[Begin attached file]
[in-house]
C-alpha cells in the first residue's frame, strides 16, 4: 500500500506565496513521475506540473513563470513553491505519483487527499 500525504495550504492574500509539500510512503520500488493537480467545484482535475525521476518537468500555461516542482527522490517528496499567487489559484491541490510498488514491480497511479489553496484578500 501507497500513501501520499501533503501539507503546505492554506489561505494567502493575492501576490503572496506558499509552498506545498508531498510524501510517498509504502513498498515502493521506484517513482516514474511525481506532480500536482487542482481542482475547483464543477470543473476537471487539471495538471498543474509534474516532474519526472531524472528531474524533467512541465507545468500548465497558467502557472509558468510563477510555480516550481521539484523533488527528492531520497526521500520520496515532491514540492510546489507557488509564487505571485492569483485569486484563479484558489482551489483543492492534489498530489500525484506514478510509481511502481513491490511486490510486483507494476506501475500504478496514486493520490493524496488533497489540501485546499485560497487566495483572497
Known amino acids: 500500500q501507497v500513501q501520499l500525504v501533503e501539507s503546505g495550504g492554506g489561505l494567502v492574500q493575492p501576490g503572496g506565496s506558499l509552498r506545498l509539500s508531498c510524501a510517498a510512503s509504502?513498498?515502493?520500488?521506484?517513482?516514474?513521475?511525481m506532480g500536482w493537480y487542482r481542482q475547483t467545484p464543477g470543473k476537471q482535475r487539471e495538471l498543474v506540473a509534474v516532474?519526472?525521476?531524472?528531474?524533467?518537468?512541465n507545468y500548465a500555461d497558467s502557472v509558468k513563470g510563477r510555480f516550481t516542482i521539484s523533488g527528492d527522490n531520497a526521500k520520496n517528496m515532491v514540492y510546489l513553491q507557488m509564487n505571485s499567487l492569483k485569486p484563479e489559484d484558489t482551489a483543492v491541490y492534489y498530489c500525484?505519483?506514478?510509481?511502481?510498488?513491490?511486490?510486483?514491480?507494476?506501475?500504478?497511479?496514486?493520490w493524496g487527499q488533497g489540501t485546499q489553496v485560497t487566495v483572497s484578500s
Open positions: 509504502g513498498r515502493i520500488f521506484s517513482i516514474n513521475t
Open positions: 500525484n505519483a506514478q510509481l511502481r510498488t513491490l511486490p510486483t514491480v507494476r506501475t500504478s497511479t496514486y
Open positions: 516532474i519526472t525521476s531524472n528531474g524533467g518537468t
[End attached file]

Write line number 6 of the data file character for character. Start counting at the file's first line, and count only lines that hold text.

Open positions: 516532474i519526472t525521476s531524472n528531474g524533467g518537468t